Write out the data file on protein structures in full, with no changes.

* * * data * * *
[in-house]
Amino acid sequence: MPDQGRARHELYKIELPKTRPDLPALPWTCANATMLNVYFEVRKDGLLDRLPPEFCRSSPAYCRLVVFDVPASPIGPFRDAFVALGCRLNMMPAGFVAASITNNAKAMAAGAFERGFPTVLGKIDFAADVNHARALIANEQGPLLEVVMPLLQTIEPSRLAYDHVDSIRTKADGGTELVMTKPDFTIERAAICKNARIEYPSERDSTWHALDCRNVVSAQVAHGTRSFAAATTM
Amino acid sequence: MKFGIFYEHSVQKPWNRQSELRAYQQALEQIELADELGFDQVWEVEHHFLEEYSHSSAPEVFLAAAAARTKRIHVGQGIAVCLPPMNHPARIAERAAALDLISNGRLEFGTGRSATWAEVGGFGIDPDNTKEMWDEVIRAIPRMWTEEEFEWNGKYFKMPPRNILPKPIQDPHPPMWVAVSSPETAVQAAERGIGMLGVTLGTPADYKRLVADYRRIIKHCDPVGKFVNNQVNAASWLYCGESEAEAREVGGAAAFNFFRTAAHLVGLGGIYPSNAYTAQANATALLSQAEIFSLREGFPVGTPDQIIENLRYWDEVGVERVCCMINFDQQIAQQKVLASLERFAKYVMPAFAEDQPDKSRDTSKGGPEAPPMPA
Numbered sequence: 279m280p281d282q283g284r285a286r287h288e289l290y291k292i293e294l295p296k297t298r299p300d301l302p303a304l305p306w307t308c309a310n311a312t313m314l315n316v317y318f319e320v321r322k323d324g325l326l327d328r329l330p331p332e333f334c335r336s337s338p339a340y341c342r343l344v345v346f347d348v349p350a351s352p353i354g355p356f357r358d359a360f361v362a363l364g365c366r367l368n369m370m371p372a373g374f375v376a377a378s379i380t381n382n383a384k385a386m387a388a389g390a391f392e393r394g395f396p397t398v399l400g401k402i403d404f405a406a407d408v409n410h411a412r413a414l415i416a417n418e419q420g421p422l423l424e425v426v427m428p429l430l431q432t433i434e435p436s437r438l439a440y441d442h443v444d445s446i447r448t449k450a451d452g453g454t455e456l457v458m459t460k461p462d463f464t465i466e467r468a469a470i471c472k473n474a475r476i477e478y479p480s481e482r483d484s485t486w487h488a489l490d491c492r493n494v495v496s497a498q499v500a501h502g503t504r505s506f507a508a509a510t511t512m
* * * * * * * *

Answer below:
[in-house]
Amino acid sequence: MPDQGRARHELYKIELPKTRPDLPALPWTCANATMLNVYFEVRKDGLLDRLPPEFCRSSPAYCRLVVFDVPASPIGPFRDAFVALGCRLNMMPAGFVAASITNNAKAMAAGAFERGFPTVLGKIDFAADVNHARALIANEQGPLLEVVMPLLQTIEPSRLAYDHVDSIRTKADGGTELVMTKPDFTIERAAICKNARIEYPSERDSTWHALDCRNVVSAQVAHGTRSFAAATTM
Amino acid sequence: MKFGIFYEHSVQKPWNRQSELRAYQQALEQIELADELGFDQVWEVEHHFLEEYSHSSAPEVFLAAAAARTKRIHVGQGIAVCLPPMNHPARIAERAAALDLISNGRLEFGTGRSATWAEVGGFGIDPDNTKEMWDEVIRAIPRMWTEEEFEWNGKYFKMPPRNILPKPIQDPHPPMWVAVSSPETAVQAAERGIGMLGVTLGTPADYKRLVADYRRIIKHCDPVGKFVNNQVNAASWLYCGESEAEAREVGGAAAFNFFRTAAHLVGLGGIYPSNAYTAQANATALLSQAEIFSLREGFPVGTPDQIIENLRYWDEVGVERVCCMINFDQQIAQQKVLASLERFAKYVMPAFAEDQPDKSRDTSKGGPEAPPMPA
Numbered sequence: 279m280p281d282q283g284r285a286r287h288e289l290y291k292i293e294l295p296k297t298r299p300d301l302p303a304l305p306w307t308c309a310n311a312t313m314l315n316v317y318f319e320v321r322k323d324g325l326l327d328r329l330p331p332e333f334c335r336s337s338p339a340y341c342r343l344v345v346f347d348v349p350a351s352p353i354g355p356f357r358d359a360f361v362a363l364g365c366r367l368n369m370m371p372a373g374f375v376a377a378s379i380t381n382n383a384k385a386m387a388a389g390a391f392e393r394g395f396p397t398v399l400g401k402i403d404f405a406a407d408v409n410h411a412r413a414l415i416a417n418e419q420g421p422l423l424e425v426v427m428p429l430l431q432t433i434e435p436s437r438l439a440y441d442h443v444d445s446i447r448t449k450a451d452g453g454t455e456l457v458m459t460k461p462d463f464t465i466e467r468a469a470i471c472k473n474a475r476i477e478y479p480s481e482r483d484s485t486w487h488a489l490d491c492r493n494v495v496s497a498q499v500a501h502g503t504r505s506f507a508a509a510t511t512m